AS AMERICANS FILL UP their tanks and hit the road this Memorial Day weekend, they won’t have to pay quite so much for their gasoline. Average prices have dropped a dime since this year’s peak, and they are projected to fall a couple more by the end of the year. This trend will no doubt be welcome to fuel-hungry motorists. Yet an addict rejoicing at a price cut on his drug of choice is still an addict.
The recent gas-price drop, unaided by any big change in federal policy, underscores that economically and psychologically destabilizing short-term price swings are out of the U.S. government’s control, which would be true even if America produced loads more oil.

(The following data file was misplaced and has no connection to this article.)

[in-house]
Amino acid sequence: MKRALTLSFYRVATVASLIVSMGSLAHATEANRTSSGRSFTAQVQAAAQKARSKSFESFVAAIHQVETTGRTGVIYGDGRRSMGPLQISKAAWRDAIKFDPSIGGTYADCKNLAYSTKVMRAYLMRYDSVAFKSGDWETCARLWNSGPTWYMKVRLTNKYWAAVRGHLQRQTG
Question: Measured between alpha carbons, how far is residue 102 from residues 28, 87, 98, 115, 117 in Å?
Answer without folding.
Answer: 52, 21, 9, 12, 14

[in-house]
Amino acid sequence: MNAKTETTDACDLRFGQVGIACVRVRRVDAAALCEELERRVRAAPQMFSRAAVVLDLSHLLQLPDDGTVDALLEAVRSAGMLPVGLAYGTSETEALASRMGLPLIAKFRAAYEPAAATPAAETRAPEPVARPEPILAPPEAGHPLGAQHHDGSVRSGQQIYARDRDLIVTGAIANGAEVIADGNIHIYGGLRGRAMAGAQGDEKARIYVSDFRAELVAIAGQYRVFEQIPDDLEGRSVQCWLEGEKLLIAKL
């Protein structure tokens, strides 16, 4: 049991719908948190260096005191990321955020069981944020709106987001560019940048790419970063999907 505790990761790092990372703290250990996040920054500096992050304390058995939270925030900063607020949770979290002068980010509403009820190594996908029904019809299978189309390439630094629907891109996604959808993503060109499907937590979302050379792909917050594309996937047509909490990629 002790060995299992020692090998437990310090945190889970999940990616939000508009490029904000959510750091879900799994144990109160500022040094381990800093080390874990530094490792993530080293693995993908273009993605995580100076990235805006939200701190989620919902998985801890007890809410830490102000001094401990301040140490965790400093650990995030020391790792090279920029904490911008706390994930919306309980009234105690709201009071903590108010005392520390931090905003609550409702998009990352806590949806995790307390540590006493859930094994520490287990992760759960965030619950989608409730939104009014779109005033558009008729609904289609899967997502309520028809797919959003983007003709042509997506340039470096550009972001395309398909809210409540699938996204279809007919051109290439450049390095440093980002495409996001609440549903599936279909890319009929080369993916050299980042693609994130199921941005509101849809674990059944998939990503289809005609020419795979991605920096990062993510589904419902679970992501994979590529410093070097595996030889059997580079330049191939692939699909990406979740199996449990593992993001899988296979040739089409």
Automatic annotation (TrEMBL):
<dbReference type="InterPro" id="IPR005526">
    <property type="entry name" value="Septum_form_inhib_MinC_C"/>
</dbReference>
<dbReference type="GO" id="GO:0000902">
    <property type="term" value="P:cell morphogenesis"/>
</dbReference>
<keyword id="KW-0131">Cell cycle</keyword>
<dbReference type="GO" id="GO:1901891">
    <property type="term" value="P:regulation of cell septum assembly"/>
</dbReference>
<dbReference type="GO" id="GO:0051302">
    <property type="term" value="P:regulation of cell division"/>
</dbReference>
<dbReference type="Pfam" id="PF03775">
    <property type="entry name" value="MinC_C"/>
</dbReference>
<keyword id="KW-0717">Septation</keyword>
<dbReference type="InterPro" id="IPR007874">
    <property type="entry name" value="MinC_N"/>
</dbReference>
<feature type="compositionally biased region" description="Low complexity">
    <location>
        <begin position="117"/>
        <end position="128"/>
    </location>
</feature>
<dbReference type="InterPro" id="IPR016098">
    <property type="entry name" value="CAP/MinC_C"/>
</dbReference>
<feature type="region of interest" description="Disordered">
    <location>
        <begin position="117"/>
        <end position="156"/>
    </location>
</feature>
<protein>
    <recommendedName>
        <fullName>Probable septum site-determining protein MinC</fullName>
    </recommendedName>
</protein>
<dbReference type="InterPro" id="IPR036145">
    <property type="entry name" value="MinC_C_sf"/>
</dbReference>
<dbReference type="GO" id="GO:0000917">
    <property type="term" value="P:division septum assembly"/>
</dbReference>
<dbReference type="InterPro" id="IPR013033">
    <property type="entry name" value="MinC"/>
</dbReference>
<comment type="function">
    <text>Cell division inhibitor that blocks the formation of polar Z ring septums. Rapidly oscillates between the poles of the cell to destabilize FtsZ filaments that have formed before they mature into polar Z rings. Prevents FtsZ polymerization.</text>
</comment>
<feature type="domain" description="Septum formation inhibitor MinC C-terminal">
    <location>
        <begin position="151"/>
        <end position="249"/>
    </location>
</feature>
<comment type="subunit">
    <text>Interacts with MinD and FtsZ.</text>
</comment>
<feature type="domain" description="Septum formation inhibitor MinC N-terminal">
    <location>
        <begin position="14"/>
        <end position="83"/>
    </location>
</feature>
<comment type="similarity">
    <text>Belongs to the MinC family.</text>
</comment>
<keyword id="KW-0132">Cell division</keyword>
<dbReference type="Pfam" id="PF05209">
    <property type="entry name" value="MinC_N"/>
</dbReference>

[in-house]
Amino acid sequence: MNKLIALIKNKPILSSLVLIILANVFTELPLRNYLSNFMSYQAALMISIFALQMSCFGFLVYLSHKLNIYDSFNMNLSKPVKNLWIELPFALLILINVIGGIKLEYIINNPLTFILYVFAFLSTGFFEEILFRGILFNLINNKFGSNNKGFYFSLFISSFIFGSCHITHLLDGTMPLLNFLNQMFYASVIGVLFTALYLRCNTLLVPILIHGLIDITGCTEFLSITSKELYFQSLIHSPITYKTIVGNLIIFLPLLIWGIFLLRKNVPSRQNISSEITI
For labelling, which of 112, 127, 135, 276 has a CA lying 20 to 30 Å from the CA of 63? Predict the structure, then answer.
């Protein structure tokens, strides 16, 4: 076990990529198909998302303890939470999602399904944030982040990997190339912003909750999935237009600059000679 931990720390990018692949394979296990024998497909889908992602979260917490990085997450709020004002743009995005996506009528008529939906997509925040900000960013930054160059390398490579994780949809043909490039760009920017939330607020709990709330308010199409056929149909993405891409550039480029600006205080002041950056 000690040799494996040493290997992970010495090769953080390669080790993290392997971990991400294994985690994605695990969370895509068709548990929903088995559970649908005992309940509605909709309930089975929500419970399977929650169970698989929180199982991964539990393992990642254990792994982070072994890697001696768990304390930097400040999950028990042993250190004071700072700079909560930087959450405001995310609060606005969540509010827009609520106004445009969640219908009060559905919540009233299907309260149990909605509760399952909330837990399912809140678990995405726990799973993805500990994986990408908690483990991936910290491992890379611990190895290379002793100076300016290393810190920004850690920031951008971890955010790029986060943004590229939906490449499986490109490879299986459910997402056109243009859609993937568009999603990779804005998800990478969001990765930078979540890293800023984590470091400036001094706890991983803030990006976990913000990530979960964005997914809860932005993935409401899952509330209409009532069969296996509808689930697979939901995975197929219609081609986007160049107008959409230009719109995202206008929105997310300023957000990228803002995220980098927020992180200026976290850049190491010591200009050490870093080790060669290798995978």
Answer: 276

That, in turn, underscores the obvious on oil policy: The best way to insulate the country from price volatility, and everything else that makes America’s oil dependence unattractive, is to use less. And the best way to make that happen is to raise the federal gas tax.